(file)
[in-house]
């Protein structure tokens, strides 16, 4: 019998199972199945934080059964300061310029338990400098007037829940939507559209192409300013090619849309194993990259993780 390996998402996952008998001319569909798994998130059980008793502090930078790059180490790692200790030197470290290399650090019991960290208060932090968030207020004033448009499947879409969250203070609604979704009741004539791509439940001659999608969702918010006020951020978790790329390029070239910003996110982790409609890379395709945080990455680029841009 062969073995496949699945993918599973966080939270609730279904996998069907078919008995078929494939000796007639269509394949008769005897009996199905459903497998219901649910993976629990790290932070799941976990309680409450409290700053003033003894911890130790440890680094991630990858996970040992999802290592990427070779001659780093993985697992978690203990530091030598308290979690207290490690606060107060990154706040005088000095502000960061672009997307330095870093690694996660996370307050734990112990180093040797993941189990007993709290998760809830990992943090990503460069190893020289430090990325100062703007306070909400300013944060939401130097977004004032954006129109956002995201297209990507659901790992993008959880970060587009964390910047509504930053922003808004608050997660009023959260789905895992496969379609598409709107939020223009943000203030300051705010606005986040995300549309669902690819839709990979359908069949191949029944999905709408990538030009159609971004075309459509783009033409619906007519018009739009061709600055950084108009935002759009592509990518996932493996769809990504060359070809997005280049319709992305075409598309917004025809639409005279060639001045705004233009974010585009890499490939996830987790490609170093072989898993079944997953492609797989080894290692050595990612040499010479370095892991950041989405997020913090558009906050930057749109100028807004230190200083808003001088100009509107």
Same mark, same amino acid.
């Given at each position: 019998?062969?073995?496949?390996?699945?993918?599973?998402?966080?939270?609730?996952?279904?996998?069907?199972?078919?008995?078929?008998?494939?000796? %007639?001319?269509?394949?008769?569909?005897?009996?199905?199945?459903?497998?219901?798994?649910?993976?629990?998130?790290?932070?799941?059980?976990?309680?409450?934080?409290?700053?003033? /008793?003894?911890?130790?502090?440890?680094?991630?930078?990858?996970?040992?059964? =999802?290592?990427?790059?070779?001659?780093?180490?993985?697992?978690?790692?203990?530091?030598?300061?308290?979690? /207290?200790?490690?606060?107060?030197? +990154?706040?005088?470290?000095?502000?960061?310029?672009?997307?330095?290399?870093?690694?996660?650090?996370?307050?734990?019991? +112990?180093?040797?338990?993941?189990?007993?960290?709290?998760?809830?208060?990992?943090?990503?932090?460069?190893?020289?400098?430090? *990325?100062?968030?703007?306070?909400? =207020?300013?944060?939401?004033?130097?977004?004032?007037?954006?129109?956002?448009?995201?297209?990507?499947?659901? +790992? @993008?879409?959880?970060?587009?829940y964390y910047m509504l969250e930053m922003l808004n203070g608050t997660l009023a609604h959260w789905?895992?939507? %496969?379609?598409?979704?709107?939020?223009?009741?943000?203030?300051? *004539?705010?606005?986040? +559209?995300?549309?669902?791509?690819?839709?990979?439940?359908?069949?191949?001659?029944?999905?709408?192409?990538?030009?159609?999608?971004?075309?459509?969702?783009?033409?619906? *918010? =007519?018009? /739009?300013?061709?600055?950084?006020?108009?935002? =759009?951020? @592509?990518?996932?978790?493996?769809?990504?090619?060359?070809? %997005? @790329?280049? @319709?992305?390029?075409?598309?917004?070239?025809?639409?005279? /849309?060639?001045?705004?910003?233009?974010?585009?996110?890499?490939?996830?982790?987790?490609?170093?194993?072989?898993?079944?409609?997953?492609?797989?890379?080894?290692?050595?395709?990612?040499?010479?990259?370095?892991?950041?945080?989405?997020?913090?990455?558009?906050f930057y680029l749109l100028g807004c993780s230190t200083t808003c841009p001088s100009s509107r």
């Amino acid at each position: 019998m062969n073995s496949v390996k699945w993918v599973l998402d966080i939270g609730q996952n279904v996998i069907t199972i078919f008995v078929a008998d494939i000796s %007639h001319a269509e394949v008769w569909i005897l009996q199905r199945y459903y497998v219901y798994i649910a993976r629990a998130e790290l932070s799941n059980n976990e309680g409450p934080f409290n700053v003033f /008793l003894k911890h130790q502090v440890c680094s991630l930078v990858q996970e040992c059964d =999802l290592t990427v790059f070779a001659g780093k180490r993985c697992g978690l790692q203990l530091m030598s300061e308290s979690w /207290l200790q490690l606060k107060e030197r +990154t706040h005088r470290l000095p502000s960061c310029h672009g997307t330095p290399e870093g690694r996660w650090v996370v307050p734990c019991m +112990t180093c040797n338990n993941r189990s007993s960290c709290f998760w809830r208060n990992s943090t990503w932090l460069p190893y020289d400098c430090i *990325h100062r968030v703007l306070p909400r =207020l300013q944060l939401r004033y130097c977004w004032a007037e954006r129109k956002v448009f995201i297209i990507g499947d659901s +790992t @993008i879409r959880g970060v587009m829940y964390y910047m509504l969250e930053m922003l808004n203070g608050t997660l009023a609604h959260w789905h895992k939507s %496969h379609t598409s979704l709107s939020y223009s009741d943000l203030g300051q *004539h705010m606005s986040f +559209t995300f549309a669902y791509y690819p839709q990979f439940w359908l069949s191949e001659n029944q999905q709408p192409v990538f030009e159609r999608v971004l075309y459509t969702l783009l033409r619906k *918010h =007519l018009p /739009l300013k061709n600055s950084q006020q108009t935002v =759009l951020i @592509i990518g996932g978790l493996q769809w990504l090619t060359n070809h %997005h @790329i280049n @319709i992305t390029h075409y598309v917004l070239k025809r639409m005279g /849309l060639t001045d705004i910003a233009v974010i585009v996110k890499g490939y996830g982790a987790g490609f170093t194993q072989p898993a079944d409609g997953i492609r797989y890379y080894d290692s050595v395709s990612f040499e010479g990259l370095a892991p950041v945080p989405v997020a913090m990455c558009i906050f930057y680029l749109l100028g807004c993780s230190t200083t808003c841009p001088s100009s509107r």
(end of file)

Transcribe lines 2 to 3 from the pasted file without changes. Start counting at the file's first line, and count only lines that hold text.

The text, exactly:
């Protein structure tokens, strides 16, 4: 019998199972199945934080059964300061310029338990400098007037829940939507559209192409300013090619849309194993990259993780 390996998402996952008998001319569909798994998130059980008793502090930078790059180490790692200790030197470290290399650090019991960290208060932090968030207020004033448009499947879409969250203070609604979704009741004539791509439940001659999608969702918010006020951020978790790329390029070239910003996110982790409609890379395709945080990455680029841009 062969073995496949699945993918599973966080939270609730279904996998069907078919008995078929494939000796007639269509394949008769005897009996199905459903497998219901649910993976629990790290932070799941976990309680409450409290700053003033003894911890130790440890680094991630990858996970040992999802290592990427070779001659780093993985697992978690203990530091030598308290979690207290490690606060107060990154706040005088000095502000960061672009997307330095870093690694996660996370307050734990112990180093040797993941189990007993709290998760809830990992943090990503460069190893020289430090990325100062703007306070909400300013944060939401130097977004004032954006129109956002995201297209990507659901790992993008959880970060587009964390910047509504930053922003808004608050997660009023959260789905895992496969379609598409709107939020223009943000203030300051705010606005986040995300549309669902690819839709990979359908069949191949029944999905709408990538030009159609971004075309459509783009033409619906007519018009739009061709600055950084108009935002759009592509990518996932493996769809990504060359070809997005280049319709992305075409598309917004025809639409005279060639001045705004233009974010585009890499490939996830987790490609170093072989898993079944997953492609797989080894290692050595990612040499010479370095892991950041989405997020913090558009906050930057749109100028807004230190200083808003001088100009509107």
Same mark, same amino acid.